Best lens for going ultra-wide
Which is best for a wide-angle view on the world, prime or zoom?
To supplement a standard 24-70mm standard zoom lens, this prime optic provides an ideal expansion of viewing angle, to 94 degrees (70 degrees on a DX-format Nikon). It’s therefore a very convenient lens for switching to when you need that extra width. The optical path includes two aspherical elements, two ED (Extra-low Dispersion) elements and nano-crystal coatings. The aperture has seven diaphragm blades, minimum focus distance is 0.2m, and there’s a rubber sealing ring on the mounting plate. This prime delivers excellent centre-sharpness, even when shooting wide-open, and great corner-sharpness when stopping down to just f/4. Colour fringing is negligible and barrel distortion is remarkably minimal for such a wide-angle lens. With a widest aperture of f/1.8, this lens is 2.33 stops faster than the zoom, and so is better able to freeze action in low lighting conditions. The shorter minimum focus distance and wider aperture also enable a relatively tight depth of field. Small and lightweight, this lens is easy to squeeze into a spare corner of your gadget bag, and unobtrusive in use. This can be an advantage when taking wide-angle shots of wildlife, and it's also a suitably discreet option for street photography. Many of us only tend to use wide-angle zooms at their shortest focal length, making their zoom potential somewhat superfluous. We nevertheless like the versatility of a zoom, which in this case gives a viewing angle of 63-107 degrees (44-83 degrees on DX). The zoom has four more lens elements than the prime, including one additional aspherical element, but like the prime it has two ED elements and a rubber seal. The minimum focus distance is longer, at 0.29m, but the nine-blade aperture is more rounded. Centre-sharpness matches that of the prime through most of the zoom range, but drops off a bit at the long end. Corner-sharpness is less impressive, and there’s far more barrel distortion at the short end of the zoom range, plus a little more fringing. A tight depth of field isn’t really on offer, even when combining the minimum focus distance with the widest aperture – especially towards the short end of the zoom range. However, handheld shooting in dim light benefits from the effective VR system. As wide-angle zooms go, this lens is fairly modestly sized. It has an identical physical diameter to the prime, but is nevertheless 50 per cent longer and almost twice the weight. Even so, it feels wellbalanced, especially on an FX-format body.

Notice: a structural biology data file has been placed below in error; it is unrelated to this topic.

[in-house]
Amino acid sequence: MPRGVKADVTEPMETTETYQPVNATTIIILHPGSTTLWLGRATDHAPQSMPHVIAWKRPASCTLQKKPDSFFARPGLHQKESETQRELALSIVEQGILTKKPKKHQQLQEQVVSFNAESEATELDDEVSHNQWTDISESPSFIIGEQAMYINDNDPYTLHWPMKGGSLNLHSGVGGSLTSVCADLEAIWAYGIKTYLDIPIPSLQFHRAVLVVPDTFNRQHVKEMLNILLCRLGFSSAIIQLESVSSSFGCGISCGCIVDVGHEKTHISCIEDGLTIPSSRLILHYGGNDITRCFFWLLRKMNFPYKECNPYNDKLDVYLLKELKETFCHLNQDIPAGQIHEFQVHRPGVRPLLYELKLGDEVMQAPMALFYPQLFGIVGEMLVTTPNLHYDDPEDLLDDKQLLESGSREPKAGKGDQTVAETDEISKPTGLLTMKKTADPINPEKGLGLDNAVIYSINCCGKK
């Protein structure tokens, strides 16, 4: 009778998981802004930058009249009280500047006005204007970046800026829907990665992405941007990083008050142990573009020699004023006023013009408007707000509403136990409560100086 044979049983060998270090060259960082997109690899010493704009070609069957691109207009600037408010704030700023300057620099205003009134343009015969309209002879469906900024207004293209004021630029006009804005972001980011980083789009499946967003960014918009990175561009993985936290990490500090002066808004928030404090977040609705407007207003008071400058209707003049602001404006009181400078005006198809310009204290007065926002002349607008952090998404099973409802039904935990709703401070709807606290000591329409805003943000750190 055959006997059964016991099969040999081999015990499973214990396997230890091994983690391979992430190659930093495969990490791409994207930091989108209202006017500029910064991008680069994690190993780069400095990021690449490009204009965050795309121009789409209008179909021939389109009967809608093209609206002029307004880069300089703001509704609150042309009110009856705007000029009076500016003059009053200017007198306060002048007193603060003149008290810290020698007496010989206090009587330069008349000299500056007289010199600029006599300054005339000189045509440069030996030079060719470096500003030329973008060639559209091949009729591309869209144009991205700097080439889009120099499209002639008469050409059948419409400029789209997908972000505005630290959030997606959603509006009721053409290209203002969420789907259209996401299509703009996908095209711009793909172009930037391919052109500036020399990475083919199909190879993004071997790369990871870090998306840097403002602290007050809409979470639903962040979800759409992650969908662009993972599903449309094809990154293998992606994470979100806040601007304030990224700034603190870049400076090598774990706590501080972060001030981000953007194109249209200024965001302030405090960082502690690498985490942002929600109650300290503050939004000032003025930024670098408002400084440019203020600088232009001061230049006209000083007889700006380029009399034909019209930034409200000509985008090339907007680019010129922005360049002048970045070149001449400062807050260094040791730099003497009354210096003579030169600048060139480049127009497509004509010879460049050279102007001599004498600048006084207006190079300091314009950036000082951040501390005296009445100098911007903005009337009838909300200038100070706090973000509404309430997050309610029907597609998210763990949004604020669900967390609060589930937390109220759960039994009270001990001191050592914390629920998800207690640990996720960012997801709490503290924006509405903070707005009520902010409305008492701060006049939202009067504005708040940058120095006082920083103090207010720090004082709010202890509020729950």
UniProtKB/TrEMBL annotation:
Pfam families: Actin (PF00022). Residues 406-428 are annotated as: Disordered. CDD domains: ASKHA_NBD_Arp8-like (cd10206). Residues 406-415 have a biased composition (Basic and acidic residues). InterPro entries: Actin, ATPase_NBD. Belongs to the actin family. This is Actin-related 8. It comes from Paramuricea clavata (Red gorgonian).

Nikon AF-S 16-35mm f/4G ED VR Elements/groups: 17/12 Vibration Re duction: Yes Diaphragm: 9 blades Focus type: Ultrasonic (ring-type) Min focus distance: 0.29m Filter size: 77mm Accessories included: Hood, pouch SIZE (WxL): 83x125mm Weight: 680g Price: £1030/$995
Nikon AF-S 20mm f/1.8G ED Elements/groups: 13/11 Vibration Re duction: No Diaphragm: 7 blades Focus type: Ultrasonic (ring-type) Min focus distance: 0.2m Filter size: 77mm Accessories included: Hood, pouch size (wxL): 83x81mm Weight: 355g Price: £660/$795